The announcement had many parents scrambling to make child care arrangements, or, in some cases, request a leave of absence from work to stay home with their children.

The Alexandria City Public School district’s Facebook page has become a forum for parents to share their opinions over the cancellation of classes.

#IWD2016: Here Are 25 Empowerment Videos By Women For Women



womens day

In honor of International Women’s Day today and in celebration of women, including the many moms out there, here are 25 empowerment songs with music videos we are sharing in hopes they uplift the spirits of our readers, most of whom are women worldwide and who all rock!

 
women
Enjoy!
1
2

3

4
5
6
7

 

8

 

9

 

10

 

11
12
13
14
15

16

17

18

19
20
21
22
23
2425

post signature

post signature

International Women’s Day: 15 Quotes from Women Worldwide Historically

Bellyitch Rewind
image source
INTERNATIONAL WOMEN’S DAY

is Today, Sunday, March 8

In honor of this day celebrating and honoring women, worldwide, we are re posting our feature from last year which is a compilation of  15 inspirational quotes from women along history and across the globe:

1. No one can make you feel inferior without your consent. 

– Eleanor Roosevelt, former US First Lady

2. There are two kinds of people: those who do the work and those who take the credit. Try to be in the first group; there is less competition there.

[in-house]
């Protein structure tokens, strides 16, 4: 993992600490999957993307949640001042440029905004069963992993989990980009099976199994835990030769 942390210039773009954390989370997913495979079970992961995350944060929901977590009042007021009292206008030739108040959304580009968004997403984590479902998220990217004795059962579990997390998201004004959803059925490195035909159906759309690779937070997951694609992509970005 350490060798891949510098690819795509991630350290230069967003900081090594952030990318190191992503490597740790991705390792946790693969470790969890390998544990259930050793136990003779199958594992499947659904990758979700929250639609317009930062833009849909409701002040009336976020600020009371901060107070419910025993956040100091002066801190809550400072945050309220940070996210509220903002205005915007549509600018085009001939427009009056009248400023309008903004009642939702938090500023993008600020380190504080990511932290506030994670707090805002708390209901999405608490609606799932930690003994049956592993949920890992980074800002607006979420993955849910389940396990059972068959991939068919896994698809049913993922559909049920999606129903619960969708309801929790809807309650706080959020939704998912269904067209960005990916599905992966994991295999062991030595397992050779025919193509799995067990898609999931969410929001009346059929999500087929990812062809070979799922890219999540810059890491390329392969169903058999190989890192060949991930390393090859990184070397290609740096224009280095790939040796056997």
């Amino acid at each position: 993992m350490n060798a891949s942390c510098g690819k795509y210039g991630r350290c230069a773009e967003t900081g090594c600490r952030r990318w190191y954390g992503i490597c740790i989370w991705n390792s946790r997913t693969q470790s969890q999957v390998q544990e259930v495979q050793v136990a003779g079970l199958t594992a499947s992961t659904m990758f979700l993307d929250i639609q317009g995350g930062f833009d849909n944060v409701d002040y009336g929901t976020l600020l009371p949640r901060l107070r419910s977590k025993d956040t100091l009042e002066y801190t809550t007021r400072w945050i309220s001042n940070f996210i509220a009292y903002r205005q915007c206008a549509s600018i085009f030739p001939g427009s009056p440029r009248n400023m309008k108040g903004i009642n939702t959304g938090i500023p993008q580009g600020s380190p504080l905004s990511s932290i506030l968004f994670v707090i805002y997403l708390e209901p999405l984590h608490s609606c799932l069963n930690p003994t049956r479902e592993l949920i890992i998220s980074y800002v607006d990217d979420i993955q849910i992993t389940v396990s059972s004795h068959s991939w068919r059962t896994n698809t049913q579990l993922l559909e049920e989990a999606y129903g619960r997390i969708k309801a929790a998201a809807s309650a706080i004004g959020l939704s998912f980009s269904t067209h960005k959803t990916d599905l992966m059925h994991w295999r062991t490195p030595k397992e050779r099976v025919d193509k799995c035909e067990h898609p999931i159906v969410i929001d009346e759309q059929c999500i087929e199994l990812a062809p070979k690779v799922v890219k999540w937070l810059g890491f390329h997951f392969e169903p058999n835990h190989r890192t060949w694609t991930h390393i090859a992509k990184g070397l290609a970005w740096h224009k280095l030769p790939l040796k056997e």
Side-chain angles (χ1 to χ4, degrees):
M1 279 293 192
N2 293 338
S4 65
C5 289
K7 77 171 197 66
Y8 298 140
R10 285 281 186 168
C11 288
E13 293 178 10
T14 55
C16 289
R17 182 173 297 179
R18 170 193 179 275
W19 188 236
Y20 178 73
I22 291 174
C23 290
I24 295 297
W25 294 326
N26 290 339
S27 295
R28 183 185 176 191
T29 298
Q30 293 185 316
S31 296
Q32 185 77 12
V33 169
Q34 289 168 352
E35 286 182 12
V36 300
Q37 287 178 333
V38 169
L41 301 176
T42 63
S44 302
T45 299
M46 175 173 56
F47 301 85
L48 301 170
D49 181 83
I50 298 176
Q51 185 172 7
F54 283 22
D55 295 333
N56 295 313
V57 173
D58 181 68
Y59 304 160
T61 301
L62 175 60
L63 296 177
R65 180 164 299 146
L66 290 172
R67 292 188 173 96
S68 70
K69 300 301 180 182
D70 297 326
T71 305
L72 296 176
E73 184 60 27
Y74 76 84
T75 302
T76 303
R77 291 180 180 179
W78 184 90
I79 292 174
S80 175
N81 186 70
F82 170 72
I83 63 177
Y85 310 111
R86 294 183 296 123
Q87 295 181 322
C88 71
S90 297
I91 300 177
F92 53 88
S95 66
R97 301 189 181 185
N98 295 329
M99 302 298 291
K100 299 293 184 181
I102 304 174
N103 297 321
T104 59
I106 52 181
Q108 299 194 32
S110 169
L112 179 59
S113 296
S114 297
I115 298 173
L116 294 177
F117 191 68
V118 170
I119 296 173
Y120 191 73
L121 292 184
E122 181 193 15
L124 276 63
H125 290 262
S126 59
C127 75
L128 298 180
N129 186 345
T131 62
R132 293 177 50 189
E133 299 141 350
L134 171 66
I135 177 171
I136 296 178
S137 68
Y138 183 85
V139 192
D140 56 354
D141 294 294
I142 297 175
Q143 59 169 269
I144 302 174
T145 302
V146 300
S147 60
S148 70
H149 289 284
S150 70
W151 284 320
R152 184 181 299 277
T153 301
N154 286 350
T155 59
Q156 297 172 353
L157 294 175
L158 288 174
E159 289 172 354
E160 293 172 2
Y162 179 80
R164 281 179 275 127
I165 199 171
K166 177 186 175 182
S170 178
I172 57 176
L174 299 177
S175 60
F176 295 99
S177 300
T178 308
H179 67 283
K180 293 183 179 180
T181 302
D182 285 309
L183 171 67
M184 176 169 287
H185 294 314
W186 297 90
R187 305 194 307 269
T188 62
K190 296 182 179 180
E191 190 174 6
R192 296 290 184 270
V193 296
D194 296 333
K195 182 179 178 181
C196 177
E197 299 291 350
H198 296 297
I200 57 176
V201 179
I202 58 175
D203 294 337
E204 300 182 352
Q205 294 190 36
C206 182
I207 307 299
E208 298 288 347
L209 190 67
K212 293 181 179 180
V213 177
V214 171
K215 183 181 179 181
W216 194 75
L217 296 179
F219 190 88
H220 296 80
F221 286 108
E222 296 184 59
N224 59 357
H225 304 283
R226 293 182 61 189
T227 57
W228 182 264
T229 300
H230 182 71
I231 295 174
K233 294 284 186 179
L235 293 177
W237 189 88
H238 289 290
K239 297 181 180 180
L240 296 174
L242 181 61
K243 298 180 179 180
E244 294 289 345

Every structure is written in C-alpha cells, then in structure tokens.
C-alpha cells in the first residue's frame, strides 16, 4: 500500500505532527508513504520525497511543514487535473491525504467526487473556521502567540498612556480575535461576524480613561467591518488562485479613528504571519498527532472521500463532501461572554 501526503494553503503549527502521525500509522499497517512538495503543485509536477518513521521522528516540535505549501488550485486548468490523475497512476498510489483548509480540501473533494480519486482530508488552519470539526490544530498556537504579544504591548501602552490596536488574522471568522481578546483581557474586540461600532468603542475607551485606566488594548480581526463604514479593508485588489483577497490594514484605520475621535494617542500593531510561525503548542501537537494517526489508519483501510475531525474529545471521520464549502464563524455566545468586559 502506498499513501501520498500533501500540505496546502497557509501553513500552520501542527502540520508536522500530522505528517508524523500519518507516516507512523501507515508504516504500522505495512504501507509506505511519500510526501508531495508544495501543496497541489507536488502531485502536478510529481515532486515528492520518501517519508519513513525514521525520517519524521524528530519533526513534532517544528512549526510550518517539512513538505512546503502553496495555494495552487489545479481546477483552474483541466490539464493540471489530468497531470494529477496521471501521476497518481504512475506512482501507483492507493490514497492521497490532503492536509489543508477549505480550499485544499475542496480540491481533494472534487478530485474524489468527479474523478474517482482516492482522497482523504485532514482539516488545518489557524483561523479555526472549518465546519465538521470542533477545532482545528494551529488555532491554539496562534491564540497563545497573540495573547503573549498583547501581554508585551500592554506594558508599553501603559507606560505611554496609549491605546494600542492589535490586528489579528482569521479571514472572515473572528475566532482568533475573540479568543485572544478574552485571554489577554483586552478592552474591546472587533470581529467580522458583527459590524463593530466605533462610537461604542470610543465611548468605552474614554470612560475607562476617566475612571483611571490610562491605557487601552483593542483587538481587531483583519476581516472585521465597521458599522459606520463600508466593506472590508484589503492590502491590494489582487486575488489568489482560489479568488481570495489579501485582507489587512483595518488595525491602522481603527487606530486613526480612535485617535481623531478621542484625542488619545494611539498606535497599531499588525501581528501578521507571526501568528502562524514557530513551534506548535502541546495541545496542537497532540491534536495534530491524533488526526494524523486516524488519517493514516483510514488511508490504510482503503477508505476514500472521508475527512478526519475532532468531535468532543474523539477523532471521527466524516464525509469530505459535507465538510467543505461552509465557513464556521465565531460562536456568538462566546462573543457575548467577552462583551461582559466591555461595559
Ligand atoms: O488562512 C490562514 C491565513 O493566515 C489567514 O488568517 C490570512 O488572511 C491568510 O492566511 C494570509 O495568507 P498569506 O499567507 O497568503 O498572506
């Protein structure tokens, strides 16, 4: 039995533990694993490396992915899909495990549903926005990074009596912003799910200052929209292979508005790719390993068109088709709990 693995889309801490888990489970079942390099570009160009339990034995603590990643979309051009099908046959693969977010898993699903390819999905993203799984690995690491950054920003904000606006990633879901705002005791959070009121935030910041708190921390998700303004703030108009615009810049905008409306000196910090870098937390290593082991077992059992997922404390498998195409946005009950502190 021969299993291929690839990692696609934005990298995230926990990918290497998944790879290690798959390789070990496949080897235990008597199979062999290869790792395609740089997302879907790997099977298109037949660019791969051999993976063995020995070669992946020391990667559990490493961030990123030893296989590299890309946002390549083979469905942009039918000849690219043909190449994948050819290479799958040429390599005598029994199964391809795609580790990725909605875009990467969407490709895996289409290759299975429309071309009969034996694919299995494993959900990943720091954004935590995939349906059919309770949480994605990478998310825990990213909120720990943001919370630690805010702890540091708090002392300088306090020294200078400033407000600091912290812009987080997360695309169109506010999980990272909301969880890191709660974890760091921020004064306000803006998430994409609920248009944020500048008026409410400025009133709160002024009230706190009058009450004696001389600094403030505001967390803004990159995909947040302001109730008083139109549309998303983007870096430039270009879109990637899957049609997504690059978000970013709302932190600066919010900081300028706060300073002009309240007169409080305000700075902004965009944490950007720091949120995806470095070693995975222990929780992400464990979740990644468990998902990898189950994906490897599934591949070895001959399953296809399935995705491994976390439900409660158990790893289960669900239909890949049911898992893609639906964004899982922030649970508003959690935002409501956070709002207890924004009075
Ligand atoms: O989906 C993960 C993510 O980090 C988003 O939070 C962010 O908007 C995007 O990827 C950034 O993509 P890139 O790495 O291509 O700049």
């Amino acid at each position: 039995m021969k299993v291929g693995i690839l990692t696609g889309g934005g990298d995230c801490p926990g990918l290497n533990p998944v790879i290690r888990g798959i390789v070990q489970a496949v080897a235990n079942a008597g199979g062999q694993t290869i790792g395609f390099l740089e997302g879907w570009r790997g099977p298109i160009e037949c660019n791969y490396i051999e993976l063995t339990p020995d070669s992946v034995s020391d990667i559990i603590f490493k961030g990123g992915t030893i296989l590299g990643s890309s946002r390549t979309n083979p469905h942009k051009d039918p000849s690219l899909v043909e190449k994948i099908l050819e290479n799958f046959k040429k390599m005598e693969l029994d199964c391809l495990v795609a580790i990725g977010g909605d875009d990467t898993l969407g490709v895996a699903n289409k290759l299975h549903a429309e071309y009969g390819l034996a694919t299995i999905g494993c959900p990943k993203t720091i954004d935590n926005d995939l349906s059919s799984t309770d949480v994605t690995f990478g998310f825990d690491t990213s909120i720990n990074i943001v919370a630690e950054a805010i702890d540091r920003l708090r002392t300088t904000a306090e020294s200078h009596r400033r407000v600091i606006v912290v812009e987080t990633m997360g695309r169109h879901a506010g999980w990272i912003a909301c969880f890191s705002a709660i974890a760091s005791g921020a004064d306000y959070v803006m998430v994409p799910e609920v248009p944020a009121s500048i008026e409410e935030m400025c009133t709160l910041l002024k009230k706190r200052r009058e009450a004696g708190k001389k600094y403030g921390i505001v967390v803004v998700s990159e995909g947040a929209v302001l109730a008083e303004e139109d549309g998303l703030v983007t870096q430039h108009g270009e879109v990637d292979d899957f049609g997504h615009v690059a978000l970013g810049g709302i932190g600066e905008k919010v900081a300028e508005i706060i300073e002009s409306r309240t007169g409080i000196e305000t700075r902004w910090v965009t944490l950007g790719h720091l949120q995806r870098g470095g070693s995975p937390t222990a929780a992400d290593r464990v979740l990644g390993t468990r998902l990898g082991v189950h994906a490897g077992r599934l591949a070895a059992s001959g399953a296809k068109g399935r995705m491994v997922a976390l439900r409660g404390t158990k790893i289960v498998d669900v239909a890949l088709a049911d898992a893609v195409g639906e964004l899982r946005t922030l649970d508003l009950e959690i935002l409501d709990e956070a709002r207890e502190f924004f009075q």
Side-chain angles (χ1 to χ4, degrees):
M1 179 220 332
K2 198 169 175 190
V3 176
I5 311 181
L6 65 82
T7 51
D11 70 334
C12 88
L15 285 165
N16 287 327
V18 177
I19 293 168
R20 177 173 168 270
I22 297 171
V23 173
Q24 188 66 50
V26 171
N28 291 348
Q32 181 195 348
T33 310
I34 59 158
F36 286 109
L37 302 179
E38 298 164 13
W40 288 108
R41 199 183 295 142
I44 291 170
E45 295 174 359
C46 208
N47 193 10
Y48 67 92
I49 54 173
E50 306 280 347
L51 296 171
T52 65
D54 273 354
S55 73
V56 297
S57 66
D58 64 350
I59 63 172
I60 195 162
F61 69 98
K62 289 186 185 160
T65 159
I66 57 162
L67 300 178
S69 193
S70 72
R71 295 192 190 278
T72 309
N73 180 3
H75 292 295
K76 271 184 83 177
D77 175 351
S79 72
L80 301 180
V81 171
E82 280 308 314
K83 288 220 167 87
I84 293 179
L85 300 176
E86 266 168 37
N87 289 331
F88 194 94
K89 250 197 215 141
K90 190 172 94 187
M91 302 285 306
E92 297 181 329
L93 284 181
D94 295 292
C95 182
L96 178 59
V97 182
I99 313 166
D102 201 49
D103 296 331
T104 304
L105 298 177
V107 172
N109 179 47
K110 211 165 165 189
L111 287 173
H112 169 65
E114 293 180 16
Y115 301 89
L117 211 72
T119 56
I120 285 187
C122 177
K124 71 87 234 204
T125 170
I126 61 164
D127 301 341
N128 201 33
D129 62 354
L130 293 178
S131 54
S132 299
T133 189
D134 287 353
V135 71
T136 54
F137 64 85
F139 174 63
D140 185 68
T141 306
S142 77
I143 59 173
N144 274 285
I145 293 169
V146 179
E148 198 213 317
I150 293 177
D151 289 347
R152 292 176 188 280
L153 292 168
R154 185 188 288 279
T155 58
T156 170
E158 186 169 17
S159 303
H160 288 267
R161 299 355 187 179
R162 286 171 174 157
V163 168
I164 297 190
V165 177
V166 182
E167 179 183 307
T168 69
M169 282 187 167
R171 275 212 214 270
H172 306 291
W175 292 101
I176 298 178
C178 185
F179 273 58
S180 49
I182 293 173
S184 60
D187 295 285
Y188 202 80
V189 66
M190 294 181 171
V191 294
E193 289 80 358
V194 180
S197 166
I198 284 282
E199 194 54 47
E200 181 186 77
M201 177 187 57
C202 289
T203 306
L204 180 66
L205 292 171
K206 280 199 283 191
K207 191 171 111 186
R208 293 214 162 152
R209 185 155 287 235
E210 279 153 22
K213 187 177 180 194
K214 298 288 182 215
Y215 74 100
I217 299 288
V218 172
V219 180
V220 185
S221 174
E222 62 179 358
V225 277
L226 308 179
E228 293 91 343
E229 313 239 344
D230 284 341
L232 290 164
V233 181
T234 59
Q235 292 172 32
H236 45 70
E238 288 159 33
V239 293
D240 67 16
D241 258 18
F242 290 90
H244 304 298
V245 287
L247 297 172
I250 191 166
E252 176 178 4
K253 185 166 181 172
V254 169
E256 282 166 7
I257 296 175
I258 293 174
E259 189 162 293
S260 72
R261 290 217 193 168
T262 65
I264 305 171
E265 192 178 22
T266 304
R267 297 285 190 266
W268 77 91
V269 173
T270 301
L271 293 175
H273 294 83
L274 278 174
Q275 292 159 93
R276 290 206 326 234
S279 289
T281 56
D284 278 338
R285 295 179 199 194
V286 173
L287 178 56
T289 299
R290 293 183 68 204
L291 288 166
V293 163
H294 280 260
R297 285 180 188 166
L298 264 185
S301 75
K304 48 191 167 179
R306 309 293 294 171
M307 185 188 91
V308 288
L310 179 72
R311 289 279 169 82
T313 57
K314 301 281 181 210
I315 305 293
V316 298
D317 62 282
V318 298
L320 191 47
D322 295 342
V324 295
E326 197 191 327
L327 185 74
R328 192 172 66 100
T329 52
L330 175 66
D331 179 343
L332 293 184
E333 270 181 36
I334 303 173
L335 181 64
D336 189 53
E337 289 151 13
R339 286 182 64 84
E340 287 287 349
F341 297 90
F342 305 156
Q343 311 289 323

Indira Ghandi, Former Prime Minister of India

3. Age is getting to know all the ways the world turns so that if you cannot turn the world the way you want, you can at least get out of the way so you won’t get run over – Miriam Makeba, South African musician and singer

4.  It doesn’t matter who you are, (or) where you came from, the ability to triumph begins with you. ALWAYS. – Oprah Winfrey, American Media Conglomerate head, Philanthropist

5.  You got to try and reach for the stars or try and achieve the unreachable. – Cathy FreemanAboriginal Australian Olympian 

6.  Tremendous amounts of talent are being lost to our society just because that talent wears a skirt.    – Shirley Chisholm, Unbought and Unbossed, First Caribbean American and First Black woman elected to the US Congress